It was in December that Natasha Lehrer made me an offer I couldn’t refuse. In addition to being the JQ’s longtime literary editor—whose legendary powers of persuasion are attested by the distinguished bylines in the current issue–Natasha is an old friend. So when she wrote to ask if I would review a “memoir by Norman Podhoretz, with an intro by Ben Moser,” I said I’d be delighted. Which was almost the truth. I’d been reading Moser’s essays for years with great pleasure—and had admired his biography of the Brazilian writer Clarice Lispector both as a book and as a work of literary resurrection.
About Podhoretz my feelings were more ambivalent. Though best known these days as the founding father of American neo-Conservatism—and the actual father of John Podhoretz, the current editor of Commentary and a columnist for the New York Post—Podhoretz pere, who is 87, was once a promising young literary man on the make. Indeed Making It, Podhoretz’s candid account of his own progress from the mean streets of Brooklyn’s Brownsville, via Columbia (where he studied with Lionel Trilling) and then, as a Kellett Fellow at Clare College, Cambridge (where he became a protégé of F.R. Leavis)—and of the way personal ambition fuelled not just his own journey, but that of his entire generation of New York Jewish intellectuals –served as both an inspiration and an admonition to succeeding generations of young men on the make.
An inspiration because, both in his own terms and those of the wider world, Podhoretz had indeed made it, becoming a fixture of the Reagan White House and a patron for policy intellectuals in Republican administrations, and an irritant to Democratic administrations. An admonition not just because the young Columbia graduate who earned his way into the inner circle by trashing the Beats became a critic who was tone deaf to every important American writer of his own generation apart from his friend—and quasi-rival—Norman Mailer, but because of the revulsion which greeted his confession in Making It. As Podhoretz tells it, the book made him the literary equivalent of a leper—though perhaps not for the reasons he thinks.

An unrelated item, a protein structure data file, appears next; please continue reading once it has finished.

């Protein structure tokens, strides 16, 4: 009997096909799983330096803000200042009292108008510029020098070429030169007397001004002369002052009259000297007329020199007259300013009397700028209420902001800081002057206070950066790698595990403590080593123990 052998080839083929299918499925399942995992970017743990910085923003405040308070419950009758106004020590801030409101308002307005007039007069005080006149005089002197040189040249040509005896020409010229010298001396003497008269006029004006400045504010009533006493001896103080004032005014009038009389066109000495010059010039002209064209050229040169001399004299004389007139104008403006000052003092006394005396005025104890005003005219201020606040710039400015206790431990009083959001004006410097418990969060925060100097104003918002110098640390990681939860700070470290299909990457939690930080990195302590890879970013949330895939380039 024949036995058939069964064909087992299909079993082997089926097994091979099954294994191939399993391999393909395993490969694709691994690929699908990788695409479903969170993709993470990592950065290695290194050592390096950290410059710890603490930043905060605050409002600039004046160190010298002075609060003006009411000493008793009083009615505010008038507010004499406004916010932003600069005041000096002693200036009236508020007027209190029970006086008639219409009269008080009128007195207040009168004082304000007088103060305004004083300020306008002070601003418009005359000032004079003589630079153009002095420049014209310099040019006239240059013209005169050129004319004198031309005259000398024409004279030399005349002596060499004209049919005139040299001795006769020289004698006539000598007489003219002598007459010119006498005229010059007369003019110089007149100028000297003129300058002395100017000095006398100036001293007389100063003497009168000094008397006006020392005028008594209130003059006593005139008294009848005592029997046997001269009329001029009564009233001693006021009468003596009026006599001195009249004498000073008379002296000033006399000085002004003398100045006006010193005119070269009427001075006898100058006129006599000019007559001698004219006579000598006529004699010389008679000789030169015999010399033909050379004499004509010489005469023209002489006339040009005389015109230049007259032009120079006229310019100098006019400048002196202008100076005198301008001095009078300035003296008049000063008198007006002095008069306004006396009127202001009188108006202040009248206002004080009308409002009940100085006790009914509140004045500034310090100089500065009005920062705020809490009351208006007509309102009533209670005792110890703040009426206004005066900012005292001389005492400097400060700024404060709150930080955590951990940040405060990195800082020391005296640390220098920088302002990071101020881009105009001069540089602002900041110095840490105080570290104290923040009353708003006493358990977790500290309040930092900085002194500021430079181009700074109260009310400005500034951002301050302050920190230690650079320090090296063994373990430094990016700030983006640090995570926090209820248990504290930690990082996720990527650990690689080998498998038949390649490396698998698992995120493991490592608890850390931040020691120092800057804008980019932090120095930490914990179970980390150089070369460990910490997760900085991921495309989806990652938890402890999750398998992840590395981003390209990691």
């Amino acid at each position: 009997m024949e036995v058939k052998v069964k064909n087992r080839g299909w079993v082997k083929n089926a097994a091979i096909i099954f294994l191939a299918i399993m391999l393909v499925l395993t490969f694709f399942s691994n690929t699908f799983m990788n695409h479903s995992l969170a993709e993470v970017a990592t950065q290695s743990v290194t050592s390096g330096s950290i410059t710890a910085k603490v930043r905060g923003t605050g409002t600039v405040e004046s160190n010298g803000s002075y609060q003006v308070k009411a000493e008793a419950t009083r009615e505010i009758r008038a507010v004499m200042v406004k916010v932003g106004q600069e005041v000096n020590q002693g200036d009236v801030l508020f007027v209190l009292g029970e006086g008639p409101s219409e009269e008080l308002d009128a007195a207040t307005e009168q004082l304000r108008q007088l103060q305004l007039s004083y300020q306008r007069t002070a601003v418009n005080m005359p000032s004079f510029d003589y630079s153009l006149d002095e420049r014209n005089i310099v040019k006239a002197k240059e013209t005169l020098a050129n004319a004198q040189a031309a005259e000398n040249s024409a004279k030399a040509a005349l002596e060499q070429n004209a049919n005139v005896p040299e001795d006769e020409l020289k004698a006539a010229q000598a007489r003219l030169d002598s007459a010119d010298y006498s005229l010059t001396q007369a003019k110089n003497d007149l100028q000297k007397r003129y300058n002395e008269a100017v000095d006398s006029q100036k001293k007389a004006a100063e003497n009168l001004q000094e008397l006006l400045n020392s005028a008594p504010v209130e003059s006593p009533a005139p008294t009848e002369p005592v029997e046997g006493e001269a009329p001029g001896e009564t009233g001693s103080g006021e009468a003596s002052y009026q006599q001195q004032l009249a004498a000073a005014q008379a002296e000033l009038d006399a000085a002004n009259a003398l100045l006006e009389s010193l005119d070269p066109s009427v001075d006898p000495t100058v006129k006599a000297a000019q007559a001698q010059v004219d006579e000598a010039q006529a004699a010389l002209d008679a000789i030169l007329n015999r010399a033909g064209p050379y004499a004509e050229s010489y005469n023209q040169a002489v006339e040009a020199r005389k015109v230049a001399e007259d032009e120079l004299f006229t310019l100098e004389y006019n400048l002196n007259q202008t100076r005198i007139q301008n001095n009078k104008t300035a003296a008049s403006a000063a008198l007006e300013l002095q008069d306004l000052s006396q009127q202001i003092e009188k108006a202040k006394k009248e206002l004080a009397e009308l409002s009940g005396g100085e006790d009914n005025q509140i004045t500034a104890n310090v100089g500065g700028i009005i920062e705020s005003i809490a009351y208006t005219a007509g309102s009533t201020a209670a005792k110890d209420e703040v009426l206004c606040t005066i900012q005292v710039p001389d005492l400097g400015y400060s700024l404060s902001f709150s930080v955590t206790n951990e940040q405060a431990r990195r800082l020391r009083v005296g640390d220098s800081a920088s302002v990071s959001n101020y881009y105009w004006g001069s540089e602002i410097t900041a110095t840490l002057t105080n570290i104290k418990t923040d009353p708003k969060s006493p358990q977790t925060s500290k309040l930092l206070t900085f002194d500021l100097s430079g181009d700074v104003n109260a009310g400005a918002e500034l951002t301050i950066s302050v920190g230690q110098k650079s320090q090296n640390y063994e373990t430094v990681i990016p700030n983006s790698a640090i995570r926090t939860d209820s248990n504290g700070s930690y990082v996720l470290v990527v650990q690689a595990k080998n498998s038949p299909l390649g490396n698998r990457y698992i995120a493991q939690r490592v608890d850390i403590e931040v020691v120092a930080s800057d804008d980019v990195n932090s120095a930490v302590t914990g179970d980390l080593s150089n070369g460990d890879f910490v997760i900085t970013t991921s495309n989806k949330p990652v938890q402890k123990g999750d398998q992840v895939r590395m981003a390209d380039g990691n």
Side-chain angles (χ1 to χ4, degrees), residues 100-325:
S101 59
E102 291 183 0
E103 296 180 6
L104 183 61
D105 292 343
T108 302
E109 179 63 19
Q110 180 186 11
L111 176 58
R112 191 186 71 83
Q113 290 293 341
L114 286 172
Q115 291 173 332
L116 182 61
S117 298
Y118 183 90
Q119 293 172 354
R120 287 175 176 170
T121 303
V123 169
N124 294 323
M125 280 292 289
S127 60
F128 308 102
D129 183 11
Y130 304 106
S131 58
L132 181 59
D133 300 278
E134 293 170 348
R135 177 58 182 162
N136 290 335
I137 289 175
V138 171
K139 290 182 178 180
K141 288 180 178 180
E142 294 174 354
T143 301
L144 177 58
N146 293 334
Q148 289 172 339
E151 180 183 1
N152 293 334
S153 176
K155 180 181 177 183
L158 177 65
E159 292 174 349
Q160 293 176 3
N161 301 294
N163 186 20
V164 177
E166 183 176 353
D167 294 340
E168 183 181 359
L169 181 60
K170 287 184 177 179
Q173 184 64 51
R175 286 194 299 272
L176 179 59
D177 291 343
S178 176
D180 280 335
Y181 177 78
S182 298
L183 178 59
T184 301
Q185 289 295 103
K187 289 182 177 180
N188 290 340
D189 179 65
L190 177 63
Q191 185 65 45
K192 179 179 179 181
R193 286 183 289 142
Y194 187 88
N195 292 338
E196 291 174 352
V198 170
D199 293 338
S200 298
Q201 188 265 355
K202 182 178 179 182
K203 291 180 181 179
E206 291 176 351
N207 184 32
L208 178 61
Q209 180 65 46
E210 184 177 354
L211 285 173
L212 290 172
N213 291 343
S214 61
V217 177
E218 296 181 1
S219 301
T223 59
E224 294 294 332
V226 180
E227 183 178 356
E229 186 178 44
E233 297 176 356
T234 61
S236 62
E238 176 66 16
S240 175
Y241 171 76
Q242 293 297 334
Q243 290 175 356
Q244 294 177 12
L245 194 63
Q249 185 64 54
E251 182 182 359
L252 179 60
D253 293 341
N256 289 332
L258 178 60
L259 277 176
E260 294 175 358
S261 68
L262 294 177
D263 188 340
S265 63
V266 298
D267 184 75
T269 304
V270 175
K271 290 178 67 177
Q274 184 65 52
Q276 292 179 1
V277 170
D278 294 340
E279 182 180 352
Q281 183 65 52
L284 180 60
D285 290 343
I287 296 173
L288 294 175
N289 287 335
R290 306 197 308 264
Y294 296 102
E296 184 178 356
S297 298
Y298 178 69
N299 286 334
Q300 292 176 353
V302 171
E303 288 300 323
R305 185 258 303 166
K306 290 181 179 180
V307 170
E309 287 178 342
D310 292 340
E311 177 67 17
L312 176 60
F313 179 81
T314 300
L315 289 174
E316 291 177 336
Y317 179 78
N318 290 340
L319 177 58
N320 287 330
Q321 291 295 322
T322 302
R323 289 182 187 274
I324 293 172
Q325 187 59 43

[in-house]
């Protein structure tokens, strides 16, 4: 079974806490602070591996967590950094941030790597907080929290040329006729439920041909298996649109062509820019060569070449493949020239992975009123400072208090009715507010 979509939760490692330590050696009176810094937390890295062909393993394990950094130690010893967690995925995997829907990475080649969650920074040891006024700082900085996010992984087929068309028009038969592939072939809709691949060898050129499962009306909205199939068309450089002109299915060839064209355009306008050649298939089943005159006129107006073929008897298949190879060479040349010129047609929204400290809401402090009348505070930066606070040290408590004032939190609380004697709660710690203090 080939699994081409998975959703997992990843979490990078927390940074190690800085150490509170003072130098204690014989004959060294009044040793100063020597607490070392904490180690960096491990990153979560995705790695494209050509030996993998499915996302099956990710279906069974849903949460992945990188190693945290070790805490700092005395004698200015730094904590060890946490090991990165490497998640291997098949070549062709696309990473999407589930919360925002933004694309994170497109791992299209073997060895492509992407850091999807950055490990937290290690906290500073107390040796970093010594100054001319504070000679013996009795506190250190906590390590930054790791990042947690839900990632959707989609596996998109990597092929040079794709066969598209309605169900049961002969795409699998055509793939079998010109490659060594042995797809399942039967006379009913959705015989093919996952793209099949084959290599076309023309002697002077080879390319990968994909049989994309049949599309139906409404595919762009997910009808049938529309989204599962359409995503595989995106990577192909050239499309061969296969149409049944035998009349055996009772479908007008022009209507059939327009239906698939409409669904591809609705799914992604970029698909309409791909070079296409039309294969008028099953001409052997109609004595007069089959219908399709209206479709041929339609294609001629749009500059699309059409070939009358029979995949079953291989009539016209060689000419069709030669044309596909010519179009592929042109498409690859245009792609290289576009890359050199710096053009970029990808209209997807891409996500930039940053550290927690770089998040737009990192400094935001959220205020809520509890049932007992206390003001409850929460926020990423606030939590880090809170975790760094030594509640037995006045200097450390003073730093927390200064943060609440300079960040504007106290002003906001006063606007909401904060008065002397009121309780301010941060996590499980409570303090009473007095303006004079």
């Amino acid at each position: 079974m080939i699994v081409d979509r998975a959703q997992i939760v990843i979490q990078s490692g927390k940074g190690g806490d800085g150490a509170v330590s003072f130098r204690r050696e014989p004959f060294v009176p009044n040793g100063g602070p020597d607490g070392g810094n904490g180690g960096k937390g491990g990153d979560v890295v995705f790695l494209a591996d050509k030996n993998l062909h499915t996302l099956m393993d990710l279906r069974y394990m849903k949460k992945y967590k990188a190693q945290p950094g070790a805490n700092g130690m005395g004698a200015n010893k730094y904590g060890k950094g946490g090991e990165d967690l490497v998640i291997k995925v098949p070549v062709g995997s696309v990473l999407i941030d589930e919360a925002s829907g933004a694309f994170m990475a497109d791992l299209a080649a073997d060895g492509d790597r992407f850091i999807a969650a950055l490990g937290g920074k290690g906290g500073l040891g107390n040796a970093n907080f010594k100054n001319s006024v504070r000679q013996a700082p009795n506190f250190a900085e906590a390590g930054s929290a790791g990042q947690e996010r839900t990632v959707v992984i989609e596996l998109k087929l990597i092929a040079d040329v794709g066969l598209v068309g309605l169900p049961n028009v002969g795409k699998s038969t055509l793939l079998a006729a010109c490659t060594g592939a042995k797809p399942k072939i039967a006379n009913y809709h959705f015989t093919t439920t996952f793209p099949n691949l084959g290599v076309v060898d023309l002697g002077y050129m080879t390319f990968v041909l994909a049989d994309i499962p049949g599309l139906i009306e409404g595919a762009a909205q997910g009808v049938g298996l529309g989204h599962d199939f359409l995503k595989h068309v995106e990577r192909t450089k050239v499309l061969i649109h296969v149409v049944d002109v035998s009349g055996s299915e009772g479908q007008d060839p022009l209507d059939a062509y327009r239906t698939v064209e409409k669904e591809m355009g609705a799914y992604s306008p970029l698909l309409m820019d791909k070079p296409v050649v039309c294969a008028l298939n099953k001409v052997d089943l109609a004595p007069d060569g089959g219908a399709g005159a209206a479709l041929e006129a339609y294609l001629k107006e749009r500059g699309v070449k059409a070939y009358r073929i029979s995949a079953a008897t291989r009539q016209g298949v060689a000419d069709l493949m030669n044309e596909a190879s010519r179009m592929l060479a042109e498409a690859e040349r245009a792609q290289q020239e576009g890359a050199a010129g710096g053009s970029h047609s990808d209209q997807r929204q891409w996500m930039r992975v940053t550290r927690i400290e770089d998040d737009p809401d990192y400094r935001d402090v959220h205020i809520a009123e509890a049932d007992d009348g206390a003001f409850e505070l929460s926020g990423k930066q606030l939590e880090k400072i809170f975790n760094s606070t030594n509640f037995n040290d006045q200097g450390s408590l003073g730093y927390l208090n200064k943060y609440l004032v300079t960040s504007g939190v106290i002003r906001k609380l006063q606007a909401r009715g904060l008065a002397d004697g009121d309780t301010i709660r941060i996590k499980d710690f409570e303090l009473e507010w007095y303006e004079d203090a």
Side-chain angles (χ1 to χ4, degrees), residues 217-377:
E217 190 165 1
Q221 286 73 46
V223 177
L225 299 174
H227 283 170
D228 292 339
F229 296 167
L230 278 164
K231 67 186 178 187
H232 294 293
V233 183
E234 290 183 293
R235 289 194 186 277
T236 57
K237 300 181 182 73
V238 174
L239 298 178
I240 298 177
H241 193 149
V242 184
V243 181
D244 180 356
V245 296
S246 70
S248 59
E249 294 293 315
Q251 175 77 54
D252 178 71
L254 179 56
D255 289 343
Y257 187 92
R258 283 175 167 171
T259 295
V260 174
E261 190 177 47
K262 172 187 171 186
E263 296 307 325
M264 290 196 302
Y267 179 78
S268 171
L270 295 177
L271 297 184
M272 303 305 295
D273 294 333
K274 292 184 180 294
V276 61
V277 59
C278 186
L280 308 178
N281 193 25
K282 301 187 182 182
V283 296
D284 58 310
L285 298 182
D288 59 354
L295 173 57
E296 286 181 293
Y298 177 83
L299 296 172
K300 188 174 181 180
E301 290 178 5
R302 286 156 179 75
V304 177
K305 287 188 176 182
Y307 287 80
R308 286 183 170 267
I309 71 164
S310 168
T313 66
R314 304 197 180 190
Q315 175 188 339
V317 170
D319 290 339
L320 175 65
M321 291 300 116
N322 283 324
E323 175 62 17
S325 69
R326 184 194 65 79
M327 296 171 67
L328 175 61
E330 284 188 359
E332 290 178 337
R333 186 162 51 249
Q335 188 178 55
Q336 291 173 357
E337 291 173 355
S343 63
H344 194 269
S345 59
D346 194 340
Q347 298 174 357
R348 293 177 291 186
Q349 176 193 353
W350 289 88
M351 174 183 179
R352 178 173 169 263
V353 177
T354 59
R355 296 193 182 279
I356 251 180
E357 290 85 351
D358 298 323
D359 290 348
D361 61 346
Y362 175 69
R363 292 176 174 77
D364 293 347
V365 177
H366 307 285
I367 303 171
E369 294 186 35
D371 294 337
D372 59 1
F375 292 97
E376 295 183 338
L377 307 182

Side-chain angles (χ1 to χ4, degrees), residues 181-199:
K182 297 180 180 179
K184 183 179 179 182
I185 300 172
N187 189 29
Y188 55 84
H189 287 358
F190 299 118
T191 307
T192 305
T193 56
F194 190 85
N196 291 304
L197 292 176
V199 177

So I was dismayed, and disappointed, to discover when the new Podhoretz memoir arrived in the post, that it was actually a reissue of Making It—the same book I’d read with fascination, and fear, and loathing, 40 years earlier when, as a young man not without literary ambition, I had myself set off from Columbia to Clare College on the same Kellett Fellowship. Still, I told myself, there was the Moser introduction. Finding out what he made of the Pod-father would be some consolation.
Only the galley I’d been sent, though it featured Moser’s name on the cover, came without any introduction at all. And when I wrote to New York Review of Books I was told the book “no longer includes an introduction by Benjamin Moser. Instead it will have an introduction by Terry Teachout.” Teachout I knew to be a longtime Commentary contributor—not an incompetent critic, but hardly likely to say anything to ruffle Podhoretz’s feathers. Sure enough, Teachout describes it as “the stuff classic memoirs are made of… indispensible.”
Grasping for straws, I wrote back asking “am I missing some juicy story about Moser’s introduction?”—and was promptly assured by the publisher there was “nothing juicy to report.”
Only it turned out there was a very juicy story indeed—as Ben Moser replied when I wrote to him to ask what had happened. Moser described it to me—in response to an email from someone he’d never met, or corresponded with before—as “a very funny story.” And so it proved. Funny enough that writing my own review seemed superfluous. Instead, thanks to the editors of the Jewish Quarterly, you can read Moser’s story here, followed by the introduction that Norman Podhoretz doesn’t want you to read.